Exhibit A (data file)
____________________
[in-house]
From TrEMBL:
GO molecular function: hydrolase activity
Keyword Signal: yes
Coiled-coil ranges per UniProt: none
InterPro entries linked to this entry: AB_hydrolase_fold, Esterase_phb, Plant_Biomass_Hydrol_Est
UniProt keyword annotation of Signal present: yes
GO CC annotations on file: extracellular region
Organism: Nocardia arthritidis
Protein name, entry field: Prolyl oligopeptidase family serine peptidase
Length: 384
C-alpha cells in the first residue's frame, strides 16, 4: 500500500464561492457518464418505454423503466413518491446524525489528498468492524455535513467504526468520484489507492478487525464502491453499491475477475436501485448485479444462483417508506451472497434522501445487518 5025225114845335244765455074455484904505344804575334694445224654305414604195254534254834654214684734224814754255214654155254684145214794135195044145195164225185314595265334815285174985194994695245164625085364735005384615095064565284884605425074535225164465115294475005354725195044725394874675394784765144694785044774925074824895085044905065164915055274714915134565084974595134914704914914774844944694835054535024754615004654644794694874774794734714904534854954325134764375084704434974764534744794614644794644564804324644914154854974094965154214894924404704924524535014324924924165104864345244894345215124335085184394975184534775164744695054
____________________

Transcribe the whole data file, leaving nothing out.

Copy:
[in-house]
From TrEMBL:
GO molecular function: hydrolase activity
Keyword Signal: yes
Coiled-coil ranges per UniProt: none
InterPro entries linked to this entry: AB_hydrolase_fold, Esterase_phb, Plant_Biomass_Hydrol_Est
UniProt keyword annotation of Signal present: yes
GO CC annotations on file: extracellular region
Organism: Nocardia arthritidis
Protein name, entry field: Prolyl oligopeptidase family serine peptidase
Length: 384
C-alpha cells in the first residue's frame, strides 16, 4: 500500500464561492457518464418505454423503466413518491446524525489528498468492524455535513467504526468520484489507492478487525464502491453499491475477475436501485448485479444462483417508506451472497434522501445487518 5025225114845335244765455074455484904505344804575334694445224654305414604195254534254834654214684734224814754255214654155254684145214794135195044145195164225185314595265334815285174985194994695245164625085364735005384615095064565284884605425074535225164465115294475005354725195044725394874675394784765144694785044774925074824895085044905065164915055274714915134565084974595134914704914914774844944694835054535024754615004654644794694874774794734714904534854954325134764375084704434974764534744794614644794644564804324644914154854974094965154214894924404704924524535014324924924165104864345244894345215124335085184394975184534775164744695054